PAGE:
Also, there are a couple of delightful outdoor pools here, making for an all in all, wonderful and relaxing stay!
Other places to stay in Sabah, Borneo
Along the Kinabatangan River are a few other lodges, which can be booked online without using a local tour company. I’ve listed a couple of suggestions below:
- Kinabatangan Wildlife Lodge (£50 per night)
- Borneo Natural Sukau Bilit Resort (£150 per night)
- Bilit Adventure Lodge (£252 per night)
- The Last Frontier Boutique Lodge (£308 for two nights, which is the minimum stay)
- Borneo Nature Lodge (£333 for a two day, 1 night package)
Back in Sandakan, a few suggestions include:
We bookended our tour with a first night at the Elopura Hotel and a second night at the Sabah Hotel. The Elopura is located right in the heart of Sandakan Waterfront, so great for 1 or 2 nights if you want to experience a bit of local life. The room was great in Elopura and the hotel was heavily themed around movies, which was quite cool!
Sabah Hotel is located a little out of town, on a hill and a short taxi from restaurants etc. Sabah Hotel has a great pool area and lots of facilities, as well as several onsite restaurants, so I’d recommend staying here if you want a full day of relaxing.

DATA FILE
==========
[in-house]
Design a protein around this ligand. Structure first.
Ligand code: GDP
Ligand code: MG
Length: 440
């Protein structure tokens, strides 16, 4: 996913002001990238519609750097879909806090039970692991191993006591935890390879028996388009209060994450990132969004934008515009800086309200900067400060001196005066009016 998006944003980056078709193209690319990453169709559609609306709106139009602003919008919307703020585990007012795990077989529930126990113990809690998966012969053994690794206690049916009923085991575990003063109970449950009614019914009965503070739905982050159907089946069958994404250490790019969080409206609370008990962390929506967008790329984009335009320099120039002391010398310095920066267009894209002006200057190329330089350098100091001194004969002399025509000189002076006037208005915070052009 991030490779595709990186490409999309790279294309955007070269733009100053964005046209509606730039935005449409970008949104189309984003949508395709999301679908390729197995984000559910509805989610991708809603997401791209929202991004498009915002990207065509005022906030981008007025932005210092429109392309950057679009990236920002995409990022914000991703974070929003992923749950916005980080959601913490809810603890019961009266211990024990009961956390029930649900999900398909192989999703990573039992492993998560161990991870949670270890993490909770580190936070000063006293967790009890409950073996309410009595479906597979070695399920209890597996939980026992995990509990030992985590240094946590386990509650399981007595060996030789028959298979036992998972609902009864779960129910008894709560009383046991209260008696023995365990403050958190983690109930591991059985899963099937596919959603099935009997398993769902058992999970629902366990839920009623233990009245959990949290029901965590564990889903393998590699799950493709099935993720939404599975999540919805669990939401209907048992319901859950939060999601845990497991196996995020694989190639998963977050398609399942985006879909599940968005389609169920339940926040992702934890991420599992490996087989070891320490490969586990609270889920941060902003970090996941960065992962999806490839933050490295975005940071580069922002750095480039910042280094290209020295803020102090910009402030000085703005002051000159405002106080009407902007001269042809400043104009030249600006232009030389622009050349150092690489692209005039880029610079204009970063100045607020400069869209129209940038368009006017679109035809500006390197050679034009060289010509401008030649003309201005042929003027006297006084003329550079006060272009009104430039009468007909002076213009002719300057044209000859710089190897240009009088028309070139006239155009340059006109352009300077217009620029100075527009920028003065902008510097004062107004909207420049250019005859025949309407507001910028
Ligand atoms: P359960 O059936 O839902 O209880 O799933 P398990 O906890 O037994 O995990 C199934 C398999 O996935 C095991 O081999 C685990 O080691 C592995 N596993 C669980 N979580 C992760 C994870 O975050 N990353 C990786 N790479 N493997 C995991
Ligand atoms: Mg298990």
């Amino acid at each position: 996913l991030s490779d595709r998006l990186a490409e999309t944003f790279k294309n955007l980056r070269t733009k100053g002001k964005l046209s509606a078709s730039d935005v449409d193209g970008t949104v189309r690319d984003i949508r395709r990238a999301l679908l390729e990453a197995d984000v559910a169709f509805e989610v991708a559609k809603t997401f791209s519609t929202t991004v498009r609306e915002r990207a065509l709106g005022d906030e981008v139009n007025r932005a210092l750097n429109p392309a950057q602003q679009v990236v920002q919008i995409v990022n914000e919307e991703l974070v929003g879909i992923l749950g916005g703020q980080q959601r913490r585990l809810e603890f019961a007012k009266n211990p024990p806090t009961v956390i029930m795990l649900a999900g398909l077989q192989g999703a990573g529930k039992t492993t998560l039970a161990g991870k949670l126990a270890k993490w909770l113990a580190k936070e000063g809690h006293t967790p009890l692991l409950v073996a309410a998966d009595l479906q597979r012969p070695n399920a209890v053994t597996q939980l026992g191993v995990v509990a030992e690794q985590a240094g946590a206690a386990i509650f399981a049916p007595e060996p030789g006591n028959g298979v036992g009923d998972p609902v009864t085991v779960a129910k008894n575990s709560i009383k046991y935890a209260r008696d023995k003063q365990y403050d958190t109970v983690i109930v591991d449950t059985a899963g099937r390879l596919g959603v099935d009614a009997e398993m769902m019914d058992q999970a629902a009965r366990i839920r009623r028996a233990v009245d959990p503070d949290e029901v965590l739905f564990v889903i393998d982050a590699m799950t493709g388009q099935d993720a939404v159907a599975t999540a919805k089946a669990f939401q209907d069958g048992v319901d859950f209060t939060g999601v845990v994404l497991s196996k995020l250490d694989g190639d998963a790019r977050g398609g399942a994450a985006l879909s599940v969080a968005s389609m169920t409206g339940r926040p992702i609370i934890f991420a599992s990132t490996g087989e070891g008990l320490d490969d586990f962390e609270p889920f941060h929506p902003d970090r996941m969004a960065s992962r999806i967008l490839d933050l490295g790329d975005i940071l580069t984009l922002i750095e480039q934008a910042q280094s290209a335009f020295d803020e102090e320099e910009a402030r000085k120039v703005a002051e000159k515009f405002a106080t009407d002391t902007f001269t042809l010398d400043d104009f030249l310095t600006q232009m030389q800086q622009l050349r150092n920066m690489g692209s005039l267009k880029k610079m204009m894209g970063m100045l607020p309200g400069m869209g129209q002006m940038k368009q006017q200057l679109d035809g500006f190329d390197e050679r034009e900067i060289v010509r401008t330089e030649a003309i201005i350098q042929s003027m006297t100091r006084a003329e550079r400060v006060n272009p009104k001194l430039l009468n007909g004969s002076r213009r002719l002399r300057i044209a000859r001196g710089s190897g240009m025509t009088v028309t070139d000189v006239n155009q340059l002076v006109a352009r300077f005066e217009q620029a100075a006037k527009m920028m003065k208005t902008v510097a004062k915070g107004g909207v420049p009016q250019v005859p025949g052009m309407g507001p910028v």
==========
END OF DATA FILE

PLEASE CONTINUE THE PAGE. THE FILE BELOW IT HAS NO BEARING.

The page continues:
There are a lot of accommodation options in Sepilok, so perfect for exploring the various attractions here. Lots of the lodges and guesthouses are small and family run. A few options include:
- Sepilok Forest Edge Resort (£85 per night)
- Sepilok Jungle Resort (£30 per night)
- Nature Lodge Sepilok (£40 per night)
- Sepilok B&B (£27 per night)
- Paganakan Dii Tropical Retreat (£43 per night)
Where to See Orangutans in Borneo: A Guide
So, there’s my complete on where to see orangutans in Borneo. I really hope this blog post has helped in your research and planning for your trip to see the orangutans in the wild. It really is the most magical experience but does take a fair bit of planning to get there and to maximise your time.
As always, let me know if you have any questions.
If you’re planning a longer trip around Malaysia, or South East Asia, then make sure to check out my other posts here:
- Malaysia Travel Guide: The Best Places to Visit in Malaysia (including Borneo)
- Thailand Travel Guide: The Best Places to Visit in Thailand
- Vietnam Travel Guide: The Best Places to Visit in Vietnam
- Singapore Travel Guide: The Best Things to See and Do in Singapore
Disclaimer: This guide has no involvement from the local tourism board or a hotel.